Hate it 'til it works
Issue 79: Being the toughest critic on what you're working on
Seven or eight years ago, I was in a final interview with a VP of Design. It was for a company I admired and wanted to work for. After the interview, we spent the end of the day in his office talking about music (it was related to the business), experience design, and the role of taste and critique in our practice. At this point, everyone went home and it was just the two of us at the office. This design exec asked me about how do you ensure quality in the product experience of what you work on. I paused, and thought about it for a bit…
"Hate it 'til it works," I said.
“Hate it ‘til it works,” replied the design executive.
I adopted that as one of my design principles moving forward. It’s about being a short-term skeptic and long-term optimist in the work you do. This is about being hyper-critical about your own craft, not of others.
Be the biggest critic of your work and outcomes, not humans
Never apply “Hate it ‘til it works” to yourself or other humans. It’s important to be kind to humans and detach one’s self from the work. Being critical of your work with the intent to make it better creates rigor, and rigor creates design excellence. It takes an immense amount of effort to create something, even if it’s bad. Whenever I watch a show or movie I didn’t love (Ex: Book of Boba Fett) I know the people who worked on it cared deeply and put their heart and soul into it. I try avoiding being overly critical of other people’s work as people will look at mine in the same manner. I apply “Hate it ‘til it works” only to my own work to be the biggest critic of it.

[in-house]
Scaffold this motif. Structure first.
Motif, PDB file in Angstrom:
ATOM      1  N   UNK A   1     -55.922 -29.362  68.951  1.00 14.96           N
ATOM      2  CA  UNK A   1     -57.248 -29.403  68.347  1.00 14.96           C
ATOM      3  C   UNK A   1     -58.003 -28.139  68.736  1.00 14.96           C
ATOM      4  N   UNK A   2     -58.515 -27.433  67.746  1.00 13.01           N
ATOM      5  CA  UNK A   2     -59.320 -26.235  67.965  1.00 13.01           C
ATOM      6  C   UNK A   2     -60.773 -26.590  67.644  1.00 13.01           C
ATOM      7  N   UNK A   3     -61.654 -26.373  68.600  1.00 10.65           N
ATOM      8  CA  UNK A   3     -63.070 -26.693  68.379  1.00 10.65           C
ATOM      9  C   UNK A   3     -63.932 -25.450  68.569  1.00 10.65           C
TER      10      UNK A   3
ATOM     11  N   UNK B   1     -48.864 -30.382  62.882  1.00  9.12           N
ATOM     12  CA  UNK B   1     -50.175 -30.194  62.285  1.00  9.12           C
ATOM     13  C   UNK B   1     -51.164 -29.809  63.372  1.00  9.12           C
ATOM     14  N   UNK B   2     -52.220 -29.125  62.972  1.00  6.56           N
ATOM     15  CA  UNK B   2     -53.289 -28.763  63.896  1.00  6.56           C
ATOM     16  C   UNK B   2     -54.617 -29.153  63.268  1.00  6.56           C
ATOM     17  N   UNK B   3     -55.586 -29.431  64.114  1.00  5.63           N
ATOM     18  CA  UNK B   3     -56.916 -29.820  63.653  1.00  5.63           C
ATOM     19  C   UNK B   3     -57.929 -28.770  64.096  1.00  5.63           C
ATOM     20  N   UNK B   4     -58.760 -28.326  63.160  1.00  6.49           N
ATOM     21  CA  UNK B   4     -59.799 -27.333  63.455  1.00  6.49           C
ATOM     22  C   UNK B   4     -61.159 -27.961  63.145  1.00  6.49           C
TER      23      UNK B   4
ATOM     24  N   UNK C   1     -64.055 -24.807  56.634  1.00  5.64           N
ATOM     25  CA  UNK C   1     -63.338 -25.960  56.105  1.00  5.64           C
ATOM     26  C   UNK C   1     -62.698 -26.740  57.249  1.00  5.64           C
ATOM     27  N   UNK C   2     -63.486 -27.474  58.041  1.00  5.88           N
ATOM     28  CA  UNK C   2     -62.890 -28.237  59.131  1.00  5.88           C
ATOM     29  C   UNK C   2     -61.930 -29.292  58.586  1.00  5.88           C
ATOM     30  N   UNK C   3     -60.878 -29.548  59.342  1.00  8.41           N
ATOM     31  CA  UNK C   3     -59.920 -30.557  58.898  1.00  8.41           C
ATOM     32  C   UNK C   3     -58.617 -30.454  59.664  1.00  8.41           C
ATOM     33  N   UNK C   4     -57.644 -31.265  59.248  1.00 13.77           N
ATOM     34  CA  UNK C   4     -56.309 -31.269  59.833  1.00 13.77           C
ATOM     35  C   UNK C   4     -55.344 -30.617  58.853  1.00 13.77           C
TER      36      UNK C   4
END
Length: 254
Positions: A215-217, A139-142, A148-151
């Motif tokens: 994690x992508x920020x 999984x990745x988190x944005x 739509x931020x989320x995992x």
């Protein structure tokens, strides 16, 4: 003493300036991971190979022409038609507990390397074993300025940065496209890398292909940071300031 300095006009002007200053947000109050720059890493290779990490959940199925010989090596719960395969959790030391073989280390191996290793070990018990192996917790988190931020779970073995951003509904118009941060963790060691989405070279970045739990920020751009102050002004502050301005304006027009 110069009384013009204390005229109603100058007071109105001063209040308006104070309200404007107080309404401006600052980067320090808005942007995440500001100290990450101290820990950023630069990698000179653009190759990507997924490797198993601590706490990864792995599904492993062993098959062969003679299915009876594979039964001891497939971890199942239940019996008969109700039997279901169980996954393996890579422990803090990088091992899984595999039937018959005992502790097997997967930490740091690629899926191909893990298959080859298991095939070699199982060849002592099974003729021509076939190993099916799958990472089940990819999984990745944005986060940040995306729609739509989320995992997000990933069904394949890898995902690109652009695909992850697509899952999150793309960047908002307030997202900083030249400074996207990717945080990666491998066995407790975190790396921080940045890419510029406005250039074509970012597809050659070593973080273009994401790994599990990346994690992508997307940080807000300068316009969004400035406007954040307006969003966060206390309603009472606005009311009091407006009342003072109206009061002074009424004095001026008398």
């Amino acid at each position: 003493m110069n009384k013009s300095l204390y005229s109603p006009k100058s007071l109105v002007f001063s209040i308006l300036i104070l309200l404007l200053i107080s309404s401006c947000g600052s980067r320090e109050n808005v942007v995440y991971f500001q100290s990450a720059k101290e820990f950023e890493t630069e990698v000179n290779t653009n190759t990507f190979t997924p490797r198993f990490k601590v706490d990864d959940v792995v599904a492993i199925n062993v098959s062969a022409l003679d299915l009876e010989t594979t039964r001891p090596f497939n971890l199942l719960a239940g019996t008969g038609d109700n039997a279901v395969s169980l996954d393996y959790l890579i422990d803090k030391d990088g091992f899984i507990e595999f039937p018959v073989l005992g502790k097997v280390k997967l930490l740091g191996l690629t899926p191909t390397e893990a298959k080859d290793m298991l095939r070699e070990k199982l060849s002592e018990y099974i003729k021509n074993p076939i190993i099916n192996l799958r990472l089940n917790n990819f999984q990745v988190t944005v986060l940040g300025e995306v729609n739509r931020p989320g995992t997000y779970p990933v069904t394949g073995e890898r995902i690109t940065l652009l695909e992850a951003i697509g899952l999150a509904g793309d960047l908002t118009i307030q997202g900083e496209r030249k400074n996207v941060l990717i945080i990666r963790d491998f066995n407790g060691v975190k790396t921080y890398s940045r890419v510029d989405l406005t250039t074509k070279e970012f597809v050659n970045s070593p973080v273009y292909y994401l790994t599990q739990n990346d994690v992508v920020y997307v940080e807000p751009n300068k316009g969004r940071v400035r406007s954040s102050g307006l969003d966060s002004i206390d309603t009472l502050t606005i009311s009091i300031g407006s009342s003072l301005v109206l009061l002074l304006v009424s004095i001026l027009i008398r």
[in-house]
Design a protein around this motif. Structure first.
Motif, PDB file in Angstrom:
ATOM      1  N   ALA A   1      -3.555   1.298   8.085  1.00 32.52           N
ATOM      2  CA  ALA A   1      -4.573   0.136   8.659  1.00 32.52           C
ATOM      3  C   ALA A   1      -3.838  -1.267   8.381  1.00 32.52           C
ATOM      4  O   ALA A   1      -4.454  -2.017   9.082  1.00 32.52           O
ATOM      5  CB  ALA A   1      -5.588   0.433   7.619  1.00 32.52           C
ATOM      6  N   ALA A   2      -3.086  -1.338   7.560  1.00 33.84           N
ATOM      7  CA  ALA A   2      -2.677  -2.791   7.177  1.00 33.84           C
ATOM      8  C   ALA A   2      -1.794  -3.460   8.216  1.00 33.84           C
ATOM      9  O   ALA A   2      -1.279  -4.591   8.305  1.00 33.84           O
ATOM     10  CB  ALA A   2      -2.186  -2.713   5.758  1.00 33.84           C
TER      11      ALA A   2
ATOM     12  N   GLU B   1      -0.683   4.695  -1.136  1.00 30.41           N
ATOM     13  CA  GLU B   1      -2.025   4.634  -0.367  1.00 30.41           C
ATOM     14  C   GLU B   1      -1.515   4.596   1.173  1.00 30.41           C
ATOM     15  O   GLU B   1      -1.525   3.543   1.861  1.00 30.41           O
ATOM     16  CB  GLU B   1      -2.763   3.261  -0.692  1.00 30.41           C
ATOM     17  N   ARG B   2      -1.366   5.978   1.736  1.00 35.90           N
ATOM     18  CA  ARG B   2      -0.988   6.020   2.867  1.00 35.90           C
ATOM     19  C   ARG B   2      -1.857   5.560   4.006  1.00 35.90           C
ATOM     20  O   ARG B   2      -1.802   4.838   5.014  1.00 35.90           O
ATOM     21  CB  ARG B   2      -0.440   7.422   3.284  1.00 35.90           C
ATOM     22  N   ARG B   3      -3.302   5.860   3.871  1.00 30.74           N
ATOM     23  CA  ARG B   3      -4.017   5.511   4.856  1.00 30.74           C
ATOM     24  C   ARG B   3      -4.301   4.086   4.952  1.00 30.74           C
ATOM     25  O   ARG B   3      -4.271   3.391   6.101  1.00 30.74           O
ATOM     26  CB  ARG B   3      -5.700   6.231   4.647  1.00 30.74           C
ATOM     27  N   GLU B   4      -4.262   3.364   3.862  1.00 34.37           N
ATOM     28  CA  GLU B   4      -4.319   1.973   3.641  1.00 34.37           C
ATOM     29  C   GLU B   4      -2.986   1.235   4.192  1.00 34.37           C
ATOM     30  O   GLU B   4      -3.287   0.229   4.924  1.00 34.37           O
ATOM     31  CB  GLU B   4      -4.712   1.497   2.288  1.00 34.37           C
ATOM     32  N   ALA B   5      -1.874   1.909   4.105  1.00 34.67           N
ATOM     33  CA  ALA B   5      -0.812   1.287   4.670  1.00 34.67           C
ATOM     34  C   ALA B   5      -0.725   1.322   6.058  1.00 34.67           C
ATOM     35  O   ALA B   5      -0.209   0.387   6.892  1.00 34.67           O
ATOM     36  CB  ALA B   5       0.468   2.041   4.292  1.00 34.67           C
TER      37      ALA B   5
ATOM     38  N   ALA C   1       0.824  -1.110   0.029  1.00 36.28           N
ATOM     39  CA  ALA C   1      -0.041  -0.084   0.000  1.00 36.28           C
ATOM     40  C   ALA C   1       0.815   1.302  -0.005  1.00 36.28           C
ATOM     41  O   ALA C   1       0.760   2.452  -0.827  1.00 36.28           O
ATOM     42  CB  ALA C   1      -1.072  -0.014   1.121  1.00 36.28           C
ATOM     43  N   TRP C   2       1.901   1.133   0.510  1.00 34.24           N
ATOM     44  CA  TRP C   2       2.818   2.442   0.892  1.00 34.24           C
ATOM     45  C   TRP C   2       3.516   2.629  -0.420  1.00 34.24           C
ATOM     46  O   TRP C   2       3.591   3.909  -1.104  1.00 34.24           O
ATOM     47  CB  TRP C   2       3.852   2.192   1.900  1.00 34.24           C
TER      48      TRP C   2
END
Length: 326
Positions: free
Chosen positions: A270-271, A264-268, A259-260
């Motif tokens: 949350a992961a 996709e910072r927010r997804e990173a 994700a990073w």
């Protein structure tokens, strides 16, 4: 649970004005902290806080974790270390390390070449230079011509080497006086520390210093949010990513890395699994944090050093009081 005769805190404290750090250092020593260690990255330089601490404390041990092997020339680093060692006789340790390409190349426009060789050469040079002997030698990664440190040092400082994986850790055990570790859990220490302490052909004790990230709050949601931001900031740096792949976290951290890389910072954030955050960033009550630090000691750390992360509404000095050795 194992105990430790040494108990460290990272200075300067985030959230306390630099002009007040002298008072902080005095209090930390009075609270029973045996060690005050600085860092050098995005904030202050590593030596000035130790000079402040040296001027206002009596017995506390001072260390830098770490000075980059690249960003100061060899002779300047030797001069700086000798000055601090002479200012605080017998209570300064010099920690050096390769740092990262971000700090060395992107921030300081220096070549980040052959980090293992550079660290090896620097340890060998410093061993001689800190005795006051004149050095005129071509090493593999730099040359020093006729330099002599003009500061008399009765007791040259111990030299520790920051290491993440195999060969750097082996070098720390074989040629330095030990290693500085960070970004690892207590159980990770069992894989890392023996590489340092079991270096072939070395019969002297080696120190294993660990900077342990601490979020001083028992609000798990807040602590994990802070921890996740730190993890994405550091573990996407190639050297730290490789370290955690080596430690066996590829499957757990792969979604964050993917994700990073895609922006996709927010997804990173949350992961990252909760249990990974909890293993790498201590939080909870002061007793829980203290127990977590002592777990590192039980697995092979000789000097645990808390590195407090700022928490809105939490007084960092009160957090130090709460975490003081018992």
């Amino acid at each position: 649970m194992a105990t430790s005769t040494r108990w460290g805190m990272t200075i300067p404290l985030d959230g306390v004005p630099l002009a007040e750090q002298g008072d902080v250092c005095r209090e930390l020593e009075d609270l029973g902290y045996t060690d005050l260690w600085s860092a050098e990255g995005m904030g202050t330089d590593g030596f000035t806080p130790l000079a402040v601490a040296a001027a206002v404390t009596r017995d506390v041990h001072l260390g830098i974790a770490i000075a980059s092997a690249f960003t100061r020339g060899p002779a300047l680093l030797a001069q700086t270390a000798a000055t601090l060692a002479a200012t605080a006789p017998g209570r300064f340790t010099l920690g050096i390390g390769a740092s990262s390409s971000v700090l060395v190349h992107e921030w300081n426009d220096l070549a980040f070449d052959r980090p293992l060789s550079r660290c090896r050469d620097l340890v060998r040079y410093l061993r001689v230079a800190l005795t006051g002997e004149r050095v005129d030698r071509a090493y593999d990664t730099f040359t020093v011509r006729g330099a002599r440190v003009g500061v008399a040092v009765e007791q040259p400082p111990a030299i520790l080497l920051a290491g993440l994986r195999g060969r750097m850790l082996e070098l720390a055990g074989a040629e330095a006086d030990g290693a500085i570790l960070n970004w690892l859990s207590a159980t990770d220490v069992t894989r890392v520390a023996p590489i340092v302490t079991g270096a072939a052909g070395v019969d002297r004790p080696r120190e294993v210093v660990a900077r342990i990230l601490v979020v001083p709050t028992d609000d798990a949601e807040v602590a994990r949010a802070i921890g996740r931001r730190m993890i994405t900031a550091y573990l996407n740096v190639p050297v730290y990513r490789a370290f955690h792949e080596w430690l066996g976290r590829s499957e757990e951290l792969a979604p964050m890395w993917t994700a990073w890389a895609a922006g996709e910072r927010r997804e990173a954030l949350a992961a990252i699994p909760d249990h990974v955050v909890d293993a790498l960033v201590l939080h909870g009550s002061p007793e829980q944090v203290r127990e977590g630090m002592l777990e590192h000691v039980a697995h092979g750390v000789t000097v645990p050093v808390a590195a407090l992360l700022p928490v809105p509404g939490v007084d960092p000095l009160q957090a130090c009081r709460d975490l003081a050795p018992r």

Blind optimism is the enemy
Optimism is powerful and very necessary. On days when you feel things are hopeless or suffer from imposter syndrome, optimism may be your saving Grace. However, pure optimism applied in a blind manner can be dangerous and delusional. When you have blind optimism, it prevents you from addressing the root causes of the problems that need improvement.
Be the customer
If you watched cable television in the 1990s, you likely encountered commercials for Hair Club for Men—a product for men to grow their hair back. The end of the ad featured founder Sy Sperling, who proclaimed, “I’m not only the Hair Club president, but I’m also a client.” Empathizing with end customers isn’t when you manual test on a staging site, it’s using the actual product. I’m not asking you to be a balding man, only to embody who the customers you serve are experiencing. At One Medical, I was a patient. At On Deck, I was a fellow. At Webflow, I’m an end-user and working on projects of my own.
Most customers provide critical feedback not to be mean, but because they care. There is a lot at stake when someone is entrusting your product to build and maintain their projects, business, and passions. When you use your product with the same stakes as them, the product pain reveals itself. The best product designers are the ones who get frustrated with what they’re working on and are motivated to make it better.
Hate it ‘til you love it, and it is loved
The purpose isn’t to be a perceptual hater. “Hate it ‘til it works” is transformative, not an attitude. I keep a product journal on all the things I worked on. Capture details that you notice and devise what can be improved. Hate it ‘til it works, because if you put the critical rigor into the day-to-day work, you’ll create something people love.